Research fellows are working with John B. Miller, MD, Director of the Retinal Imaging Laboratory at Mass Eye and Ear, to offer early ophthalmology exposure to under-represented in medicine (URM) premedical students at Harvard College through clinical, research, and mentorship opportunities. Ned Lu, a student at Harvard Medical School, and Augustine Bannerman, a 2021 graduate of Harvard College, developed and co-direct the Harvard Retinal Imaging Laboratory Undergraduate Minority Mentorship Program that matches each student with a mentor to help support their career development and interest in ophthalmology. This past spring, they welcomed 16 Harvard students into the program.
Racial and ethnic disparities in healthcare are prevalent in the United States, and vision care is no exception. Lu and Bannerman co-first authored an editorial in the Journal of VitreoRetinal Diseases that discusses the need for more diversity within the field of ophthalmology in order to provide better patient care to the underserved communities that need it most.
“The goal of this program is to expose underrepresented in medicine students to ophthalmology opportunities before medical school, so that if the specialty interests them, we can help cultivate and support that interest and create a more diverse pipeline of future ophthalmologists,” said Bannerman.
In additional to one-on-one mentoring, Lu and Bannerman put together a Virtual Shadowing Series featuring faculty members Eric Gaier, MD, PhD; Alice Lorch, MD, MPH; Ankoor Shah, MD, PhD; David Solá-Del Valle, MD; and Aisha Traish, MD, who presented patient cases and discussed their path to ophthalmology.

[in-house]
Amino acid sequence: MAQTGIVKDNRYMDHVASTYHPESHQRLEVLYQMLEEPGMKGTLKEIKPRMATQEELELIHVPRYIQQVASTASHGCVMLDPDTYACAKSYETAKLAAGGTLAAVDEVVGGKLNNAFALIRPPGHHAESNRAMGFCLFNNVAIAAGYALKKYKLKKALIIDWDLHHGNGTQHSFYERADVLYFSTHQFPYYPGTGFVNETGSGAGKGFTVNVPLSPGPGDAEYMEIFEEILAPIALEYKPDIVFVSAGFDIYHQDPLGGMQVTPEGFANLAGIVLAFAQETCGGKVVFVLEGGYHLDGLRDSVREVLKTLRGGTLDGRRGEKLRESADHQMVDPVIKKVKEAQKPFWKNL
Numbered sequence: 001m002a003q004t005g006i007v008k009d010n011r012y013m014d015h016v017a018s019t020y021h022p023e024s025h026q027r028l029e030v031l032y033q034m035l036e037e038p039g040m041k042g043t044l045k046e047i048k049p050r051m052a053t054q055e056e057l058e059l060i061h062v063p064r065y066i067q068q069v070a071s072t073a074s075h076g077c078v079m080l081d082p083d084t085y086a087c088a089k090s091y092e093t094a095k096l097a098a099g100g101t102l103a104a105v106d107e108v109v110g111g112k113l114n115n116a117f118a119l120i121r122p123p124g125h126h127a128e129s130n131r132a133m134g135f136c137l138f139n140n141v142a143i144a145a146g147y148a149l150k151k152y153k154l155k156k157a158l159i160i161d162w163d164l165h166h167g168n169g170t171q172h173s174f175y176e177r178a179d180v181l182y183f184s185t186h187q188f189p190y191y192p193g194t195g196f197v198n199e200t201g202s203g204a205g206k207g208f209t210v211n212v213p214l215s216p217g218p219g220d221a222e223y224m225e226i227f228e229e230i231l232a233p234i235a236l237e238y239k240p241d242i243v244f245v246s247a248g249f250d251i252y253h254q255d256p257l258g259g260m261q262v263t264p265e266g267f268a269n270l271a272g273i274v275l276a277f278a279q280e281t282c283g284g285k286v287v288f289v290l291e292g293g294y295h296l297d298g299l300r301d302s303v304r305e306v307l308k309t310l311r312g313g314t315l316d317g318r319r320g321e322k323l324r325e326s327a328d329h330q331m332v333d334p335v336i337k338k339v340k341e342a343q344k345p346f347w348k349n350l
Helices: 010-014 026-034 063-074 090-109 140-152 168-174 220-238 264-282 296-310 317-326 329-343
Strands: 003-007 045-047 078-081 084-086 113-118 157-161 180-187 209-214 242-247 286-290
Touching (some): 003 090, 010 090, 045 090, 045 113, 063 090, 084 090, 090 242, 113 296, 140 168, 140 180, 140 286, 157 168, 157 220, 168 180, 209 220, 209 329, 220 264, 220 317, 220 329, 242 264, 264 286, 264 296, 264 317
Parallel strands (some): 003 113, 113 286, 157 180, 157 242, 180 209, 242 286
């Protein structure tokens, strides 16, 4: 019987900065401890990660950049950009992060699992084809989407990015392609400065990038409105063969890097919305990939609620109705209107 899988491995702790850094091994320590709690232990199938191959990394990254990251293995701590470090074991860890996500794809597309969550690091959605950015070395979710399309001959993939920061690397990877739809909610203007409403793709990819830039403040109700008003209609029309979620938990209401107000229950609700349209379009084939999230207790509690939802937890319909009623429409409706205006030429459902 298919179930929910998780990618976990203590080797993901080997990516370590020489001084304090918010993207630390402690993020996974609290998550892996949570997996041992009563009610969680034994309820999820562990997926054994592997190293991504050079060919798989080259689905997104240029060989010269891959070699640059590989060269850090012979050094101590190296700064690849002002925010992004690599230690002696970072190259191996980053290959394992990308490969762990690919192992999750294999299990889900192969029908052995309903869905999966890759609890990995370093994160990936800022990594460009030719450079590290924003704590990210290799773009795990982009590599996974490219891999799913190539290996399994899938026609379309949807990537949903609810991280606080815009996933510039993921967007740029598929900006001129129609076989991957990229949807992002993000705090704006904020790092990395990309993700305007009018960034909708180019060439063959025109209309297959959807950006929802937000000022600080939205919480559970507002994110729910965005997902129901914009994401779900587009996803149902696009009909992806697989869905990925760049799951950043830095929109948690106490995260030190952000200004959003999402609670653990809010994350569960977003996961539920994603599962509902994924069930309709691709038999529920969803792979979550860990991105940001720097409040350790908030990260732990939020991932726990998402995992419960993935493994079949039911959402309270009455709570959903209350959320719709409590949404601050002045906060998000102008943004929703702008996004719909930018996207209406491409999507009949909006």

“It can be challenging to arrange clinical and research opportunities in surgical specialties like ophthalmology, especially during a pandemic,” said Lu. “Through the Virtual Shadowing Series, we aimed to simulate an in-person shadowing experience by inviting Harvard Ophthalmology faculty to present patient cases, show surgical videos, and discuss their backgrounds in a virtual setting."
Students in the program also had the option to explore ophthalmology research opportunities while they continue their undergraduate education. Three members of the program are now involved in ophthalmology research at Mass Eye and Ear, and one of the students was invited to present their retina research at the 2021 Association for Research in Vision and Ophthalmology annual meeting in May.
For the upcoming fall 2021 semester, Bannerman and Lu plan to accept more undergraduate students into the program, and also welcome back returning students from the spring semester.